There were 26 donors that contributed one quarter of a million dollars or more, including 4 individuals that contributed a hefty $1,000,000 each.  As well, Melaleuca, through its four international subsidiaries, contributed an additional $1,000,000.  All told, these 26 contributors added $11,475,000 to the coffers of Restore Our Future, Inc. or 64 percent of the total raised over six months with each contributor donating an average of $441,346.15 or about 4.6 times the net worth of an average American household.

You'll notice that there are two names in bold.  According to Forbes, these individuals are billionaires.  The two on the big donor list are accompanied by 8 others who were not quite as generous including Kenneth C. Griffin, Walmart heirs Alice and Jim Walton, Sam Zell, Paul Tudor Jones II, Stephen M. Ross, Steven Roth and Mark J. Rowan.

Now let's pick out a few of the interesting donors who didn't make the big donor list.  First up, Consol Energy Inc., a coal mining company based in Canonsburg, Pennsylvania that donated $150,000 to Restore Our Future on August 15, 2011.  I was rather surprised to see this one on Mr. Romney's list especially when one considers that Rick Santorum was a "consultant" for the company.  Mr. Santorum's  Public Financial Disclosure reveals that he was paid just over $142,000 in consulting fees by Consol in the prior year.  I guess Consol thought that it would be wise to hedge their bet!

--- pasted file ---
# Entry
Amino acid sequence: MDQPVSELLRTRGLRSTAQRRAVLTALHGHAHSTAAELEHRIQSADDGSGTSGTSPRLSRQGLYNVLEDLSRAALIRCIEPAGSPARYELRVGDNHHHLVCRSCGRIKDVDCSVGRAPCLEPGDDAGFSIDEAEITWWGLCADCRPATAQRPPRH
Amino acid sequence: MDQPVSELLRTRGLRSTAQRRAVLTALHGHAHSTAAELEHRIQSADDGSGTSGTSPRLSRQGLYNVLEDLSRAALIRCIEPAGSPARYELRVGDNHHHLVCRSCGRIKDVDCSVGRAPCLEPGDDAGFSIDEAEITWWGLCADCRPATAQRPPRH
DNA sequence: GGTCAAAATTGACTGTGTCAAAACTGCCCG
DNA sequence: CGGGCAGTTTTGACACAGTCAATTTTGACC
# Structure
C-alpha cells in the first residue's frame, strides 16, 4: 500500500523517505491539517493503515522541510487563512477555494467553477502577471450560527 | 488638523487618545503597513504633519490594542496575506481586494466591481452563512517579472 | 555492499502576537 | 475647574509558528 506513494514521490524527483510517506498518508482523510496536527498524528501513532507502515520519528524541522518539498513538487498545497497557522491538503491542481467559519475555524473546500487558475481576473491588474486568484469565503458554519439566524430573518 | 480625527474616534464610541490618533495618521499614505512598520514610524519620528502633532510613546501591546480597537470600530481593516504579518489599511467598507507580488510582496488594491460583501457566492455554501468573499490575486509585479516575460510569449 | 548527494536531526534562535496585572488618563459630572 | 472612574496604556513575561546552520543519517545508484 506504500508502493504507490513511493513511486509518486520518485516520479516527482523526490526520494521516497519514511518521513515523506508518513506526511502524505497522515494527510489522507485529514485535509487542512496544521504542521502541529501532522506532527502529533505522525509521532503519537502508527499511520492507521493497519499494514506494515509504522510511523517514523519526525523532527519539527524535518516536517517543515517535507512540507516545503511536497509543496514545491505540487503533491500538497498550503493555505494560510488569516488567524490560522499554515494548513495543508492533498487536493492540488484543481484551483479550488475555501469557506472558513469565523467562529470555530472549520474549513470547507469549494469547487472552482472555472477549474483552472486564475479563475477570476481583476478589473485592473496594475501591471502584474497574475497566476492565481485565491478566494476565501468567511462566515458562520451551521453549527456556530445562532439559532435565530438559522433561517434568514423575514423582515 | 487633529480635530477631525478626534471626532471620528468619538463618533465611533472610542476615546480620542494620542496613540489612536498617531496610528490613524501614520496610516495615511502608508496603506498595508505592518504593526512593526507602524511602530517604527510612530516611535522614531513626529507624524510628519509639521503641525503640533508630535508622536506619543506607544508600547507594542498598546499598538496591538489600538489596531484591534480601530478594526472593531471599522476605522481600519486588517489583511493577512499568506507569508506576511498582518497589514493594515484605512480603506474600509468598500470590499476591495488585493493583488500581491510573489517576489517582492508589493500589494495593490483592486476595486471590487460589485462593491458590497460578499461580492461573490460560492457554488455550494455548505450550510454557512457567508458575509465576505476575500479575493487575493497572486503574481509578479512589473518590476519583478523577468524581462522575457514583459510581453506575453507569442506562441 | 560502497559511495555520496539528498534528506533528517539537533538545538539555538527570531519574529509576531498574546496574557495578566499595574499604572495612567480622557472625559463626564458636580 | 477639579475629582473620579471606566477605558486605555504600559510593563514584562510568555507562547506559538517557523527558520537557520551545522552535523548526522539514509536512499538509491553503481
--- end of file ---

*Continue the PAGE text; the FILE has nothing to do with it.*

Here's another odd one.  Debra Barnes, a Dover Massachusetts homemaker donated a rather hefty $125,000 on July 19th, 2011.  That noted, she seems to share an address with one Stephen Barnes who, oddly enough is a Managing Director at Bain Capital.  He also donated $125,000.  Needless to say, I lumped them together as a $250,000 donation and put them on my big donor list.

One last donor.  Gary Chartrand of Acosta Sales and Marketing actually spent time with the "Big Guy" and bought him lunch at the exclusive and private River Club - a $260.01 lunch.  Gary Chartrand just happens to be the Executive Chairman of Acosta, a leading marketing agency serving consumer packaged goods companies and retailers across Canada and the United States.  Oh yes, and he also donated $50,000.